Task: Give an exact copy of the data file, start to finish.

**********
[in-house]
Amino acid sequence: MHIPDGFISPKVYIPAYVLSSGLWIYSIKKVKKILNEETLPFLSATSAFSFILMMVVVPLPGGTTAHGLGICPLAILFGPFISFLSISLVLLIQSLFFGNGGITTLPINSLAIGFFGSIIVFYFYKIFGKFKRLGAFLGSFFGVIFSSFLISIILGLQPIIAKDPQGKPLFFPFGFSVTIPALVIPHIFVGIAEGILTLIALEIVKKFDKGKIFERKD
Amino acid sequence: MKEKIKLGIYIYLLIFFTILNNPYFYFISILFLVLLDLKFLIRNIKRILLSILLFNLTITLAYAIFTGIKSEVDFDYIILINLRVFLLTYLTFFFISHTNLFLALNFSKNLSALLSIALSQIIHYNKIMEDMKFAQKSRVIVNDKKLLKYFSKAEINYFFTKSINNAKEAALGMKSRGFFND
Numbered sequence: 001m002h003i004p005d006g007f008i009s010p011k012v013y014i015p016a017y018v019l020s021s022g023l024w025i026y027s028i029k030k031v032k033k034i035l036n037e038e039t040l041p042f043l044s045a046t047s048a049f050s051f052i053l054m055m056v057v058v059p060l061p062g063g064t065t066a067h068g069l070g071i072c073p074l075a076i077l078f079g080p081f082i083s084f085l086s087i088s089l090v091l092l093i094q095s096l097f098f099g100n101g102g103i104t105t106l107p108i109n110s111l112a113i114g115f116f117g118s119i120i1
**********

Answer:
[in-house]
Amino acid sequence: MHIPDGFISPKVYIPAYVLSSGLWIYSIKKVKKILNEETLPFLSATSAFSFILMMVVVPLPGGTTAHGLGICPLAILFGPFISFLSISLVLLIQSLFFGNGGITTLPINSLAIGFFGSIIVFYFYKIFGKFKRLGAFLGSFFGVIFSSFLISIILGLQPIIAKDPQGKPLFFPFGFSVTIPALVIPHIFVGIAEGILTLIALEIVKKFDKGKIFERKD
Amino acid sequence: MKEKIKLGIYIYLLIFFTILNNPYFYFISILFLVLLDLKFLIRNIKRILLSILLFNLTITLAYAIFTGIKSEVDFDYIILINLRVFLLTYLTFFFISHTNLFLALNFSKNLSALLSIALSQIIHYNKIMEDMKFAQKSRVIVNDKKLLKYFSKAEINYFFTKSINNAKEAALGMKSRGFFND
Numbered sequence: 001m002h003i004p005d006g007f008i009s010p011k012v013y014i015p016a017y018v019l020s021s022g023l024w025i026y027s028i029k030k031v032k033k034i035l036n037e038e039t040l041p042f043l044s045a046t047s048a049f050s051f052i053l054m055m056v057v058v059p060l061p062g063g064t065t066a067h068g069l070g071i072c073p074l075a076i077l078f079g080p081f082i083s084f085l086s087i088s089l090v091l092l093i094q095s096l097f098f099g100n101g102g103i104t105t106l107p108i109n110s111l112a113i114g115f116f117g118s119i120i1